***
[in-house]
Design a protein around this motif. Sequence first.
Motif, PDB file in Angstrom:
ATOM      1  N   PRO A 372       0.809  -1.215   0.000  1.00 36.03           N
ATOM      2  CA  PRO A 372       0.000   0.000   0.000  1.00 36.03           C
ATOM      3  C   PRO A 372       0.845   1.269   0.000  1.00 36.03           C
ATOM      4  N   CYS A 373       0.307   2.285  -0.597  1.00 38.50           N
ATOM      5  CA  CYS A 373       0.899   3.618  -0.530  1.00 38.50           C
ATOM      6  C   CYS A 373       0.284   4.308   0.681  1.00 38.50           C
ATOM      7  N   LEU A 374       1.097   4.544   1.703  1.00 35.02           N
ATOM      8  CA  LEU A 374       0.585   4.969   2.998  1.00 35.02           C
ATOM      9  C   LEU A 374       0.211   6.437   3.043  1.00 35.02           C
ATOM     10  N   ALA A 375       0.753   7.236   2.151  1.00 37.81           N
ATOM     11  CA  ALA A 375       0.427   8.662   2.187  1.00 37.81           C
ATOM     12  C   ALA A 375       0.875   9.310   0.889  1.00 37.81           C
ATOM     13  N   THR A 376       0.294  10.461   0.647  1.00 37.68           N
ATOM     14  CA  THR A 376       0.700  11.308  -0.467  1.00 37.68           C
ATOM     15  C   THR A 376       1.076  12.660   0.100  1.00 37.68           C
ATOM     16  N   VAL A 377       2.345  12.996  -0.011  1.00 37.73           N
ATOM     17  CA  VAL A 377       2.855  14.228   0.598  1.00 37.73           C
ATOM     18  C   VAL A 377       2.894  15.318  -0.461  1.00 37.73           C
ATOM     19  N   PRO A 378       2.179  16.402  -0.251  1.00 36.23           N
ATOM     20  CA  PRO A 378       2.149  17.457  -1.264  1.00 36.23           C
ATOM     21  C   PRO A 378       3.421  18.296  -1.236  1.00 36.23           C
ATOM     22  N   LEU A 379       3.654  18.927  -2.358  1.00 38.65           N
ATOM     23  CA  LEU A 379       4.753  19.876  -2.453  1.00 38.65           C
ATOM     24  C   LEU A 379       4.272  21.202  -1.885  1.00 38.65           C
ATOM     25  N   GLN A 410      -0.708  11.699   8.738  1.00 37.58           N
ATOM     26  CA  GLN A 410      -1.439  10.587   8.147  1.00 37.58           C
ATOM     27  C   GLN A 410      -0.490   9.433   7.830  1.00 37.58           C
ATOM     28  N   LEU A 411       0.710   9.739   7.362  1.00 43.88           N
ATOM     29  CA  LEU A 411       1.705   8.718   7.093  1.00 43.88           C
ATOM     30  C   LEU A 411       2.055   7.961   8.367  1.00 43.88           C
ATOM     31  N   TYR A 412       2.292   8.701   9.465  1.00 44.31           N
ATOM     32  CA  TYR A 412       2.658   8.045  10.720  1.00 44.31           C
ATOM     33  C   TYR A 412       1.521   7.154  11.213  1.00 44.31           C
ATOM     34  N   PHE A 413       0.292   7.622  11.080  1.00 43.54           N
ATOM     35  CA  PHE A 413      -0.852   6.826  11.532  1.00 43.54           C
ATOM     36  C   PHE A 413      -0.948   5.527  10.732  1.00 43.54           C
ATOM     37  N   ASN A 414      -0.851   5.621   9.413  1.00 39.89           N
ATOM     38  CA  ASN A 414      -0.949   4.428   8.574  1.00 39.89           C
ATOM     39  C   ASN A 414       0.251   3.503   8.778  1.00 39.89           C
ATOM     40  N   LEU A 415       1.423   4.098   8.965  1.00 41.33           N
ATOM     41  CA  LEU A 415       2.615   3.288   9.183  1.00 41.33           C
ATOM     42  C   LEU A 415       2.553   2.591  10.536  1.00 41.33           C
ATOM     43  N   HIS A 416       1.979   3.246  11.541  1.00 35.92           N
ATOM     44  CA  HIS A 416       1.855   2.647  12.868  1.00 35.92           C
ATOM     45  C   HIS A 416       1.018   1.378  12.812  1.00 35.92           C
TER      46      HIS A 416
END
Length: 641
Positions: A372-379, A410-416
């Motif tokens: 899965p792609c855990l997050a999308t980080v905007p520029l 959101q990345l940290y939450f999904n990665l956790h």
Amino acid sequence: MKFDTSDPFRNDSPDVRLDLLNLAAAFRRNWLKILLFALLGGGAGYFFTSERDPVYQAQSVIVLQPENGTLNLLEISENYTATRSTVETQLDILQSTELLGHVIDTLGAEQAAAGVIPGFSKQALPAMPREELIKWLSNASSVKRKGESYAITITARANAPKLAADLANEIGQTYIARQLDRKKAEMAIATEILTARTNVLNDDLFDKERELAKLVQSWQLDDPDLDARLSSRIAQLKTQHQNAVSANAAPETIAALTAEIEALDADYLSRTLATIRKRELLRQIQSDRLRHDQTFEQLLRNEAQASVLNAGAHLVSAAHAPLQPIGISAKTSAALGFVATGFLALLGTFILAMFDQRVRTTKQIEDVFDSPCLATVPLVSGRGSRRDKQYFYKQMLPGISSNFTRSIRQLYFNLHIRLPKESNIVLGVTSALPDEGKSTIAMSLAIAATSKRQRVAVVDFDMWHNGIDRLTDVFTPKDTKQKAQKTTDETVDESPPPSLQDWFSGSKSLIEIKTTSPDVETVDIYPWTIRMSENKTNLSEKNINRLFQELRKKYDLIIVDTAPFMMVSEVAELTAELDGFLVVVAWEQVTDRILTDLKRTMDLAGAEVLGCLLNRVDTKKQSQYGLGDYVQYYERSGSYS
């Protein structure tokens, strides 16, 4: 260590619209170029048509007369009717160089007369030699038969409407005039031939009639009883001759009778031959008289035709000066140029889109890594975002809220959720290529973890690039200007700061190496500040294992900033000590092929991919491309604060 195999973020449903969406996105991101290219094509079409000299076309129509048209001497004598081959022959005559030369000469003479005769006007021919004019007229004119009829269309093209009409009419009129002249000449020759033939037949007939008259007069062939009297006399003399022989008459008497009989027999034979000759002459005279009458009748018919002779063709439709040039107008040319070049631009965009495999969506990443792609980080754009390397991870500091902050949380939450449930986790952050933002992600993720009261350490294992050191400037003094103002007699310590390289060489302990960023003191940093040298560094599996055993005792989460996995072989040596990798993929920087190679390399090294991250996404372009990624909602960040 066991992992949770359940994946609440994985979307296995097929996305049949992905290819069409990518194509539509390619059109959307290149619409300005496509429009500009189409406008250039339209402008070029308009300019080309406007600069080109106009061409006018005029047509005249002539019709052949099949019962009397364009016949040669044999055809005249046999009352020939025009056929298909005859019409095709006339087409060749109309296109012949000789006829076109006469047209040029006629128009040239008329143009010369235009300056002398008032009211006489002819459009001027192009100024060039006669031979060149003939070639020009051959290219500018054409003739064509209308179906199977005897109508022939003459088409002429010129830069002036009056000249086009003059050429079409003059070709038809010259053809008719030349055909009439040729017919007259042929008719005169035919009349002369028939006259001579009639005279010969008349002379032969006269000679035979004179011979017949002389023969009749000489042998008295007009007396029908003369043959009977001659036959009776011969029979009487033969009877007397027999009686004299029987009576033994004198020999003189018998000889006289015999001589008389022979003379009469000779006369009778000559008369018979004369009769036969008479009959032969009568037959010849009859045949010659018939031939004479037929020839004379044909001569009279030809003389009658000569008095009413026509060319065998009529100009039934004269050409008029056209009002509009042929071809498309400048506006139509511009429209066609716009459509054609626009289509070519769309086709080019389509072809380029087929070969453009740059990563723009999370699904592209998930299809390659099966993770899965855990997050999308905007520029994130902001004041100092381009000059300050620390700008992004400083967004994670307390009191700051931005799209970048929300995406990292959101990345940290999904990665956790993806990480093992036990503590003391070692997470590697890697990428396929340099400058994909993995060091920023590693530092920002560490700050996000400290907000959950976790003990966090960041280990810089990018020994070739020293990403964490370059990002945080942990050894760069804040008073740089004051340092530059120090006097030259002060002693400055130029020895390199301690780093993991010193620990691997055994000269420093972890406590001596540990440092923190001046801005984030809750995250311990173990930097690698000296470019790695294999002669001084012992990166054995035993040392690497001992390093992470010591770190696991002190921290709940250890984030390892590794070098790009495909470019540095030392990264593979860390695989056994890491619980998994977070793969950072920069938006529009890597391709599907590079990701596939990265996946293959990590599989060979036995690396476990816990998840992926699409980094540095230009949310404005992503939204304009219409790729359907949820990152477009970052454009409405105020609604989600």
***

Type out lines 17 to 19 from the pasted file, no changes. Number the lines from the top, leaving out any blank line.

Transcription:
ATOM     14  CA  THR A 376       0.700  11.308  -0.467  1.00 37.68           C
ATOM     15  C   THR A 376       1.076  12.660   0.100  1.00 37.68           C
ATOM     16  N   VAL A 377       2.345  12.996  -0.011  1.00 37.73           N